Training courses top for budget

6th February 2009 at 00:00
SNP Government's pound;33 billion budget approved by parliament

Thousands of additional modern apprenticeships will be introduced this year, outdoor education will become part of the core curriculum and the first school will be built under the new Scottish Futures Trust - all fruits of the SNP Government's new pound;33 billion budget which was finally passed by parliament on Wednesday with the support of all the political parties, bar the Greens.

Ministers gave in to Labour demands to increase the number of modern apprenticeships by 7,800, which will cost an additional pound;16 million and bring the total number of new apprenticeships available this year to 18,500.

The courses will come on-stream in August, run for two to three years and be aimed at teenagers and adults. Training will focus on green jobs, the creative industries and the financial services sector.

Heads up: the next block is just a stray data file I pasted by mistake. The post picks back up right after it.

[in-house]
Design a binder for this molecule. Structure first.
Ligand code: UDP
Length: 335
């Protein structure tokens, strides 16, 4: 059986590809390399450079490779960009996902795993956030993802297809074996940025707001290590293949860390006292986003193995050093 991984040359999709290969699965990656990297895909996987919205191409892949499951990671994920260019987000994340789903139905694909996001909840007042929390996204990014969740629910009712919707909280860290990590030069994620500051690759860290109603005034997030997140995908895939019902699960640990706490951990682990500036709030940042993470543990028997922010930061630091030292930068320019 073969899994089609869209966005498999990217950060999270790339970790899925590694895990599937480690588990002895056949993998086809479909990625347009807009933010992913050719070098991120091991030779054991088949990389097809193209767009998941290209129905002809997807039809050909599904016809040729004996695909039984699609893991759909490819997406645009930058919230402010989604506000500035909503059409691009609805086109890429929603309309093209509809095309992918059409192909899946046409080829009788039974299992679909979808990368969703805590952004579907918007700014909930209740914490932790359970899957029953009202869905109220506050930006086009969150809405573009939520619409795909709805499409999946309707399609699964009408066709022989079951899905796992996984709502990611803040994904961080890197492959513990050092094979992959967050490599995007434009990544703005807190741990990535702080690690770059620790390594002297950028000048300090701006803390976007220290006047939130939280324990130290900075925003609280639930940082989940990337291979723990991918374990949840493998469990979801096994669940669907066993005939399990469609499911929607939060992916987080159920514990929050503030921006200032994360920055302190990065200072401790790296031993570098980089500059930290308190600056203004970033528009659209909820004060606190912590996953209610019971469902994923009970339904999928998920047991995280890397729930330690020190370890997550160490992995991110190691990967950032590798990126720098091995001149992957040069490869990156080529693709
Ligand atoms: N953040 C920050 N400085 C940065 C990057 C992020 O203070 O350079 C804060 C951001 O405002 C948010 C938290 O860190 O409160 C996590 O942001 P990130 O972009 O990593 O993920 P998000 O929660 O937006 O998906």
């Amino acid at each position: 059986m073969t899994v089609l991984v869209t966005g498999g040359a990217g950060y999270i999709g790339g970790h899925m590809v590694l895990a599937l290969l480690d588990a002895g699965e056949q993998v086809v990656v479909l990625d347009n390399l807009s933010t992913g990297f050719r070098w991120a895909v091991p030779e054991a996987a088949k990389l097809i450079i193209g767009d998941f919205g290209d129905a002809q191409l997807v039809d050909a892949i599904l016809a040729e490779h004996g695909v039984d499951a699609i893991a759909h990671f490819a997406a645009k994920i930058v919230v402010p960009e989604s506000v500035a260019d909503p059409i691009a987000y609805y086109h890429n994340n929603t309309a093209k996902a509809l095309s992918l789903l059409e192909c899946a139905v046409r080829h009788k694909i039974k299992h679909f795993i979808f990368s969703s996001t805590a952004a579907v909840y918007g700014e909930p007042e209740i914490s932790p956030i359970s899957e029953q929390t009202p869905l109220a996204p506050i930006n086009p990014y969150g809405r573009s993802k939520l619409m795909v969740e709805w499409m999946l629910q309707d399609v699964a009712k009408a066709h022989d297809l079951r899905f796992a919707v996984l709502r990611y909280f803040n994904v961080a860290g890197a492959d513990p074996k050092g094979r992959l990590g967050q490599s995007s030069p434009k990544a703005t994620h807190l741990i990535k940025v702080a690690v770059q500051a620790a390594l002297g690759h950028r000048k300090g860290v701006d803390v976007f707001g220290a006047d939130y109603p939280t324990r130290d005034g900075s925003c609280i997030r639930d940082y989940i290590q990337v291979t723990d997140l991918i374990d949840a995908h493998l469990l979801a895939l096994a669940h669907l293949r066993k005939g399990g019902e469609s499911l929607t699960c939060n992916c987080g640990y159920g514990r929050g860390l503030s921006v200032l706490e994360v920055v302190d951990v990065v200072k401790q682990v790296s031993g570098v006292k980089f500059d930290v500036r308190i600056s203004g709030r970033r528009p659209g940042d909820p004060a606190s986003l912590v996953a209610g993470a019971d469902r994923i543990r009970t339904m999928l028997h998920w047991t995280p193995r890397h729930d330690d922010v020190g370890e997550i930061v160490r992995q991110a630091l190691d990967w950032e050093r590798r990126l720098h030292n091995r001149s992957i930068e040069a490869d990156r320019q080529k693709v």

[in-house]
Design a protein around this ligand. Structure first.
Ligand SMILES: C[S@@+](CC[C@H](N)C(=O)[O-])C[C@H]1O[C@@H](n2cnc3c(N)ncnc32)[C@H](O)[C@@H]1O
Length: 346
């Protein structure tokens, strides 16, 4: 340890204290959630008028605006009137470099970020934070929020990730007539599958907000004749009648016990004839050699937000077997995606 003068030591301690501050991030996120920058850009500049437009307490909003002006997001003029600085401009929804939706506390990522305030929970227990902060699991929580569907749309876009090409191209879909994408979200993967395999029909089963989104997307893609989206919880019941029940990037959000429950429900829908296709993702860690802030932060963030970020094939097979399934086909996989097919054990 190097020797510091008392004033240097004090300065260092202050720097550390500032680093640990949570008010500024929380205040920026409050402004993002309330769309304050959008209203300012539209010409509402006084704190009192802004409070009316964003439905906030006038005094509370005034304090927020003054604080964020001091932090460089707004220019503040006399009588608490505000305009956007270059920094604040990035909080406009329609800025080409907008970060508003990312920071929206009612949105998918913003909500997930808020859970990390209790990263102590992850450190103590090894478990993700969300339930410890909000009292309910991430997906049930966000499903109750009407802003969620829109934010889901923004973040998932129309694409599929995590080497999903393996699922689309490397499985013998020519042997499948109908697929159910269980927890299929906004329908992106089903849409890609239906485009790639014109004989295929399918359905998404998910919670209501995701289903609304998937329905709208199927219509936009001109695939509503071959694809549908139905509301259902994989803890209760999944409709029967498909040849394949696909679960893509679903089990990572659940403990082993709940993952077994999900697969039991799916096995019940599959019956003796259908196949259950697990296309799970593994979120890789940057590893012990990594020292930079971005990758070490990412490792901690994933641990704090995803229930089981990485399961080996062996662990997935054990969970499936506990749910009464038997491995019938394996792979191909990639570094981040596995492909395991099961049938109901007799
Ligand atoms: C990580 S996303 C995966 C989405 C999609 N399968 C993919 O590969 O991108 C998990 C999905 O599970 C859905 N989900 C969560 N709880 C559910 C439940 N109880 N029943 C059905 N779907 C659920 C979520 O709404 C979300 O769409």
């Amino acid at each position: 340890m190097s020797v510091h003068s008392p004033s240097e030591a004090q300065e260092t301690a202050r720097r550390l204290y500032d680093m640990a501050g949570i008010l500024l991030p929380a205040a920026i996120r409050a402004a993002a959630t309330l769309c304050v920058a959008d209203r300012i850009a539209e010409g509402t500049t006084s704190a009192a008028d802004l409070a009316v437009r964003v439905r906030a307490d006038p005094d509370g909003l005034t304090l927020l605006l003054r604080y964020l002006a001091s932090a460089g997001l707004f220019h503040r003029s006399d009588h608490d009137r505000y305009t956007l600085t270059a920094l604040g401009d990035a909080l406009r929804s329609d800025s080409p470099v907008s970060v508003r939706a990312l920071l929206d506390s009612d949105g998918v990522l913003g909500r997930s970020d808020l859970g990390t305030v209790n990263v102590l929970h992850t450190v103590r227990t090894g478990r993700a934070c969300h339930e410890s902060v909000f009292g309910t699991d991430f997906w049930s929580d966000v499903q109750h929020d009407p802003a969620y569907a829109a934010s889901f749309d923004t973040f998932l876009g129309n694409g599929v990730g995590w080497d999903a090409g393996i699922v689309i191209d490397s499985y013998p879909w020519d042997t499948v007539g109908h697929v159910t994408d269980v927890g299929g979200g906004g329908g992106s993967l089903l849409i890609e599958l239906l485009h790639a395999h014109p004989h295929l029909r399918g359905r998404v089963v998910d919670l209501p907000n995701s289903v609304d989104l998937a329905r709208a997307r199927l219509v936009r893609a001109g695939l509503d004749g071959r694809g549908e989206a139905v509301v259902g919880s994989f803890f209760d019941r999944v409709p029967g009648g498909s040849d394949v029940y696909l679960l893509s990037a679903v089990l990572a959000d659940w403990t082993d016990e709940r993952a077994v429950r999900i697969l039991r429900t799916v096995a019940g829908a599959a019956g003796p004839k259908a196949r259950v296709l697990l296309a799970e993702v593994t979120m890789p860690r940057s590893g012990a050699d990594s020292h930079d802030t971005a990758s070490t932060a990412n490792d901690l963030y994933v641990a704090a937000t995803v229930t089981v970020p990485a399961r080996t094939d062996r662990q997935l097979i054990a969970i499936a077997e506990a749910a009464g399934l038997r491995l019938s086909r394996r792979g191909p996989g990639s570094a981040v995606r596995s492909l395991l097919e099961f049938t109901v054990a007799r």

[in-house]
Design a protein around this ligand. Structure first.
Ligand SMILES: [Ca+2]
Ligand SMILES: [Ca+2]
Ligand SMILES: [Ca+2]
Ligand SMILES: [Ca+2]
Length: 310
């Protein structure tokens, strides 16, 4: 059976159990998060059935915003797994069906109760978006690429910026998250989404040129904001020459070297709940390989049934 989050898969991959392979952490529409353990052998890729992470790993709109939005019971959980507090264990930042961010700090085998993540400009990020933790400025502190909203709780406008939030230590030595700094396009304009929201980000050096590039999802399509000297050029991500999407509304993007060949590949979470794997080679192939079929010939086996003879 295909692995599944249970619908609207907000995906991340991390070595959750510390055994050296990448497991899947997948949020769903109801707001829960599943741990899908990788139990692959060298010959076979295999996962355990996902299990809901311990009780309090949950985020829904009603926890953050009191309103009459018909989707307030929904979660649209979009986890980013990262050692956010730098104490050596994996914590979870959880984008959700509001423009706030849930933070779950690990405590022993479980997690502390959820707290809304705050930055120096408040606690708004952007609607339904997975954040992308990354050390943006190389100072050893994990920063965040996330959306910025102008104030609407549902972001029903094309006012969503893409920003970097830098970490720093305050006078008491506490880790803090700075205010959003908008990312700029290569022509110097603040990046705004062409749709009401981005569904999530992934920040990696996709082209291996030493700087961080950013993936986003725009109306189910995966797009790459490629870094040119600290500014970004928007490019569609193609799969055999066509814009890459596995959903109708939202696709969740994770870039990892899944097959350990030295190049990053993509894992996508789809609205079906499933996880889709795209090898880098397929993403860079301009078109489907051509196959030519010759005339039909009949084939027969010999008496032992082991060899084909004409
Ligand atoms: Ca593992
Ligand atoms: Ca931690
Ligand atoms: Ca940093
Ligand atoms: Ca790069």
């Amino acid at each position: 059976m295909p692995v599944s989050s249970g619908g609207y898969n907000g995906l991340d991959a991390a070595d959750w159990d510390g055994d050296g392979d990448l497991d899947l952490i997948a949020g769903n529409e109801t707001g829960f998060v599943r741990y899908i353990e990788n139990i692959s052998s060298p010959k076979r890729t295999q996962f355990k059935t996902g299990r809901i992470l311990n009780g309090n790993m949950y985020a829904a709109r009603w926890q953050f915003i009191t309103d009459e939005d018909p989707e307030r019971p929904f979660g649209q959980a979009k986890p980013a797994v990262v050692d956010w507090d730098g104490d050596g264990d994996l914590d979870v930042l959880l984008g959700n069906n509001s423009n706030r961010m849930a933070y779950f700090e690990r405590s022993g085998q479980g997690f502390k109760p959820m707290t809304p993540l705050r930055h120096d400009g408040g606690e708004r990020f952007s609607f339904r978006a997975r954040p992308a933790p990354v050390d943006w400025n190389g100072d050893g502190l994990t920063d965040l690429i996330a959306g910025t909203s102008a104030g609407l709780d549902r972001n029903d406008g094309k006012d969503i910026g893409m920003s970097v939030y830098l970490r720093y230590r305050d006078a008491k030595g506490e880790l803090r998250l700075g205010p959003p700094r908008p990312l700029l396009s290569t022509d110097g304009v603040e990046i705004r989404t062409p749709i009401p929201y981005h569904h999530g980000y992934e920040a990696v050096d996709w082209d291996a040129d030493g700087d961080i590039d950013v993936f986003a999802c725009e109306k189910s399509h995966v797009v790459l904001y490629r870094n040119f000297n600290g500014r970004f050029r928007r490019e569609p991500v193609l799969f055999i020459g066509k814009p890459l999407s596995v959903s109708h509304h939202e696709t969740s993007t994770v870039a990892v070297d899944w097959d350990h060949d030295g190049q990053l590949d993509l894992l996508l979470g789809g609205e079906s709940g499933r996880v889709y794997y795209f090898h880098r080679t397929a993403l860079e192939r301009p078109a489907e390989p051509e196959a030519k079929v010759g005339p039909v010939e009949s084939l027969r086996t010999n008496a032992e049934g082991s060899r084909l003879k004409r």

The SNP administration refused, however, to commit itself to Labour's proposal for a similar number of new places in 2010-11, agreeing only to give it "sympathetic consideration" and to hold an "apprenticeship summit".

The summit will be chaired by Education Secretary Fiona Hyslop and will bring "all key players" together to consider how best to develop the skills and jobs needed during the economic downturn and how to improve opportunities for recovery.

Labour leader Iain Gray said: "These are tough economic times and special measures are needed. That is why Labour felt it was so important that apprenticeships for Scotland's young people should be a key part of the budget."

The Government also acceded to Conservative demands for outdoor education to be made a core part of the curriculum, rather than an extra-curricular activity.

Finance minister John Swinney refused to be drawn on how much funding would be made available or which age and stage the new programme would target. "We are working out the details," he said. "We have the resources and we will make an announcement in due course."

Liz Smith, the Conservative's education spokeswoman, claimed her party had the "full commitment" of the Government for its proposals.

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